Father of Mercy for an Adulterous Generation
‘Apart from God, there is no contentment anywhere.’ (42)
A painful fact of life for my twenty-something children is the sexually immorality that defines their generation. If not subject to parents who failed to keep their commitment to each other, they are steeped in a culture that celebrates the relentless erosion of holy boundaries. These are a people so scorched by porn they no longer feel the burn; these are ‘friends with benefits’, open to the sexual possibility in any amicable union (with either gender). This is the first generation to disavow marriage while championing the rights of gays to do so.
These are a people in need of Mercy. They need a Father who keeps His commitment of love to them even as they discover their inability to stay true to Him. ‘Steadfast love’, or ‘hesed’, is the main word used for mercy in the Old Testament. It usually applies to the Father’s covenant with Israel. There, the Father exercises His mercy by upholding HIs love and commitment to the nation that betrayed Him. Continuously.
‘Hesed’ keeps giving, reaching, and believing in the object of one’s love. In divine mercy, God vows to make a way for unfaithful ones to become faithful through the gift of His love for us.
That does not mean that ‘hesed’ is easy for the Father. For Him to so love His world only to be betrayed by that world breaks His heart! The Scripture opens us to His jealous, passionate love for the wayward nation. When Israel would pursue other gods, the Father likened them to lovers, her own heart to an adulteress’.
She broke her vows to Him, over and over, often resulting in the sexual immorality that defined the fertility cults surrounding Israel. Through the prophets, God would speak with vengeful passion toward the holy nation: ‘Rebuke her, for she is not my wife…let her remove the adulterous look on her face and the unfaithfulness from between her breasts…I will not show my love to her children, because they are the children of adultery. Their mother has been unfaithful…’ (Hosea 2:2, 4, 5)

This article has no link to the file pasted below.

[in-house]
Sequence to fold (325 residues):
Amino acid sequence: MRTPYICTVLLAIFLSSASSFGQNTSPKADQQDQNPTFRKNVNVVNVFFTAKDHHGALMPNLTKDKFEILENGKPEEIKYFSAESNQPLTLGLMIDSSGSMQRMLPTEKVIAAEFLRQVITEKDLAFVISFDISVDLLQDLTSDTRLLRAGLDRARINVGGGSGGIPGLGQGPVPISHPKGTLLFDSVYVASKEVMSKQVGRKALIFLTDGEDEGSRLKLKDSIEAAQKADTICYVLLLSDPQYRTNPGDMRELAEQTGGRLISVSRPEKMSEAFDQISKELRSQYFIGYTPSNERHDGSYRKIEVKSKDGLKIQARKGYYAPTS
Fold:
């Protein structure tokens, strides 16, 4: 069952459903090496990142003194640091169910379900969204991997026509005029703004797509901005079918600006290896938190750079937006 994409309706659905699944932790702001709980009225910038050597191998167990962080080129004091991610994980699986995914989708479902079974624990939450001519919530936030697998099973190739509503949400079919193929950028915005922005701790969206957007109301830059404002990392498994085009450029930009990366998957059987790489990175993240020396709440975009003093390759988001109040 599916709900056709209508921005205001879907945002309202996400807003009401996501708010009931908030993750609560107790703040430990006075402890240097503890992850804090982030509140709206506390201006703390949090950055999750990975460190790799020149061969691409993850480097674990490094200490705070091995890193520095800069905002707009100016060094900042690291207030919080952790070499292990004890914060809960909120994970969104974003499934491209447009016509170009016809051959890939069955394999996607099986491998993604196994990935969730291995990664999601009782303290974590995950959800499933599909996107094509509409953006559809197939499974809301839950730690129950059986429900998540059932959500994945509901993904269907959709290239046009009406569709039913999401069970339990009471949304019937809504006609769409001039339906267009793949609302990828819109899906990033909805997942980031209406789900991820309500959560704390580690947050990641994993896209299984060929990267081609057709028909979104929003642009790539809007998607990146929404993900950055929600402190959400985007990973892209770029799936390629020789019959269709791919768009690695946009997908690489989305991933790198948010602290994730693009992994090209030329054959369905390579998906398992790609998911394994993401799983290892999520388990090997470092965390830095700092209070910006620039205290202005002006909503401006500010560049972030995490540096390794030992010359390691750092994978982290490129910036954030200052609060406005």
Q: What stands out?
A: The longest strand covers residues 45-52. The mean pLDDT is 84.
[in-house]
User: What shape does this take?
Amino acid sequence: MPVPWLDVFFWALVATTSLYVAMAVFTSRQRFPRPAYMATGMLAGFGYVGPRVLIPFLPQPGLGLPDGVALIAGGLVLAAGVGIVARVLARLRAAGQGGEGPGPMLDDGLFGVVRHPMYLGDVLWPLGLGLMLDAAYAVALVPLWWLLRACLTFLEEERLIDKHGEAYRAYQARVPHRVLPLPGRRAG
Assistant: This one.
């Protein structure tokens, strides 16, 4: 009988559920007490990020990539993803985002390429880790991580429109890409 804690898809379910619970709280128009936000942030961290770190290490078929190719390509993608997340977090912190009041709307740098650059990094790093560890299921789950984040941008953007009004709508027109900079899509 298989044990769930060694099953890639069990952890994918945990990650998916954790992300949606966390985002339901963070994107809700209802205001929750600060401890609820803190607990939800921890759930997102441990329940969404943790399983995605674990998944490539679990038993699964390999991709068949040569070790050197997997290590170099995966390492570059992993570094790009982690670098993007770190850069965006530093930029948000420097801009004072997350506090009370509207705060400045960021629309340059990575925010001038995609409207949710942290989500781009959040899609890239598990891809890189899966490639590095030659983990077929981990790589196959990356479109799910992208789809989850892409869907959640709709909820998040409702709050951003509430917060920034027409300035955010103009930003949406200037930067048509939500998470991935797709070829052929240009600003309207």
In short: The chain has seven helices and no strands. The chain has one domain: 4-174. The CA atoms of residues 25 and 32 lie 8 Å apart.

Such anger would then evolve into ‘hesed’, the merciful promise that God would make a way for her to return to Him. ‘I will lead her into the desert and speak tenderly to her…There I will make the Valley of Achor [judgment] a door of hope…in that day, you will call me ‘my husband’, not ‘my master’…I will betroth you in love and compassion (hesed); I will betroth you in faithfulness, and you will acknowledge the Lord.’ (Hosea 2: 14, 15, 16, 19, 20)
Adultery of heart, both spiritually and sexually, breaks His heart. And from that heart flows ‘hesed’, the steadfast mercy that stands in the gap for us. It works. We have a faithful Father who makes a way for us to return to Him in spite of the adulterous flood around us and in us.
My 22-year-old son Sam, no stranger to false gods and goddesses, rejoices in being won over by ‘hesed’. ‘I don’t want to be anywhere else but in His Presence. Nothing else satisfies me like He does…’
‘They will come with weeping; they will pray as I bring them back. I will lead them besides streams of water, on a level path where they will not stumble, because I am Israel’s father, and Ephraim, my firstborn son.’ (Jer. 31:9)
‘Make Your steadfast love known to us, O God. Let Mercy flow from us to unfaithful ones. How can we refuse to give mercy away? Mercy liberated our faithful response to You in the first place. Your ‘hesed’ became ours.’